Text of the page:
Corporate Executive Survey Commentary: Skilled Labor Tops the List
Regions that are aggressively investing in work force development are winning the competition for advanced manufacturing firms.
Gary Yates, Director of Site Selection, Jones Lang LaSalle (Q1 2014)
This 2013 Corporate Survey reinforces trends we are seeing with our clients: labor and highway access continue to be major site selection drivers as companies see opportunities.
The survey results reflect the sluggish growth seen in many global markets following the recession, but slow improvement is evident. More companies have added facilities rather than reduced them, and 45 percent expect to add facilities within two years. Also positive, more are planning on adding employees than reducing their ranks or postponing hires. However, 60 percent have neither added nor reduced facilities over the past 12 months, and opinions are mixed as to when sustained economic growth might emerge - in 2014, 2015, or not until 2016.
Two of the top-three site selection factors are labor-related in both the 2012 and 2013 surveys. Of 26 possible site selection factors, availability of skilled labor tops the 2013 list, jumping up from third place in 2012. Labor costs dropped to third place, trading places with availability of skilled labor. This reflects an uptick we’ve seen in advanced manufacturing as skilled labor and logistics take precedence over labor costs.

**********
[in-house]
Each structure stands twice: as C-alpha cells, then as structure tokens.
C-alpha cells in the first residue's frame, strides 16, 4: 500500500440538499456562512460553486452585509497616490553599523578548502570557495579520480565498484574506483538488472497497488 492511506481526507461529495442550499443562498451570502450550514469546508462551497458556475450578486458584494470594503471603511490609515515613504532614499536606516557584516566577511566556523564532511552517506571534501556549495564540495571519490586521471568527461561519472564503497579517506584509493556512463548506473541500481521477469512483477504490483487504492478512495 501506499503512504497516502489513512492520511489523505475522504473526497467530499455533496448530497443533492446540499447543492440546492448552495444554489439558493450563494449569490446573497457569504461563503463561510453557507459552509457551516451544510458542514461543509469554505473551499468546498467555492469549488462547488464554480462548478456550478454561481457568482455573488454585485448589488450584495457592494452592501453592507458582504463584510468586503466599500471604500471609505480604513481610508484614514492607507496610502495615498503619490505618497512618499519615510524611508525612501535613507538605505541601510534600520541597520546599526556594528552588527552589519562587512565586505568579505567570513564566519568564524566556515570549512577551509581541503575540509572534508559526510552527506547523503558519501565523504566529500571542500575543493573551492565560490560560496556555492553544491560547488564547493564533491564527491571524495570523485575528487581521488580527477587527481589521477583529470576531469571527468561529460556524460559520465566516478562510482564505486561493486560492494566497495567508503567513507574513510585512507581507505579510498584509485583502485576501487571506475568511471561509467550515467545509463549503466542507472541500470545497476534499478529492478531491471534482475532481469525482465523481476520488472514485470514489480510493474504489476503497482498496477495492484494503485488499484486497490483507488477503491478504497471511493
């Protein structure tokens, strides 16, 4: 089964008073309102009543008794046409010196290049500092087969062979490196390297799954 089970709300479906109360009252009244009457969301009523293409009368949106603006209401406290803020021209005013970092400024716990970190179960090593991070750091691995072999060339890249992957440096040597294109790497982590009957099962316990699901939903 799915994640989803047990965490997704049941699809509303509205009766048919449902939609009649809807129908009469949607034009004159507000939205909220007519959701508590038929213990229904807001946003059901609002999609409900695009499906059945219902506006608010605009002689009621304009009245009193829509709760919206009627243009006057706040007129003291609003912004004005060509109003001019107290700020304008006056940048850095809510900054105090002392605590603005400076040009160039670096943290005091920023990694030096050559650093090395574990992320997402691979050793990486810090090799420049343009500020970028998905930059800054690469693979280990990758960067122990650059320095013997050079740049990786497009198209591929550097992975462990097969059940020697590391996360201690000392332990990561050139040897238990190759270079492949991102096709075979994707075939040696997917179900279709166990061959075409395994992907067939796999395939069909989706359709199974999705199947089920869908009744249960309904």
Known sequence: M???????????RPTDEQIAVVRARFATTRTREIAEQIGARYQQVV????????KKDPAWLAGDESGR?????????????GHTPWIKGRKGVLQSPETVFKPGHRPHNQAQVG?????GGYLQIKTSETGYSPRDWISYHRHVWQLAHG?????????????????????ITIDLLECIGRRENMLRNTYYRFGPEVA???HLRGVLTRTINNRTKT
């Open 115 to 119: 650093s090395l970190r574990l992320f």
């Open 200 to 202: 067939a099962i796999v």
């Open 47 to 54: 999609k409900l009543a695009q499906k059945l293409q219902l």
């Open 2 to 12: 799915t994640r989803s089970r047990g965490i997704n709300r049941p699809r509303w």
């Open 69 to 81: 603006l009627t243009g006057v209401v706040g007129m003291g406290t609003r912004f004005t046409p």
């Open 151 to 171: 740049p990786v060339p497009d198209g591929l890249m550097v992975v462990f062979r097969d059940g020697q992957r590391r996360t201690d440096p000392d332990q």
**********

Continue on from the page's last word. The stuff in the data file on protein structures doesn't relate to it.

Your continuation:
Asked about skilled labor, slightly more than 58 percent of survey participants say it is “very important” and nearly 37 say it is “important.” In contrast, only 14 percent say that availability of unskilled labor is “very important.” For advanced manufacturing concerns, skilled labor is particularly critical - and the regions that are aggressively investing in work force development are winning the competition for these companies. Seventy-one percent of respondents report that advanced skills, such as machine tool programming, are what unemployed workers lack.
Sandwiched in between the labor issues is highway accessibility, which continued to be ranked as the second-most-important site selection factor. Of those surveyed, 60.4 percent say such accessibility is “very important,” and 33.1 say it is “important” - and access to highways greatly outscores other modes of transport, including rail, air, and waterways.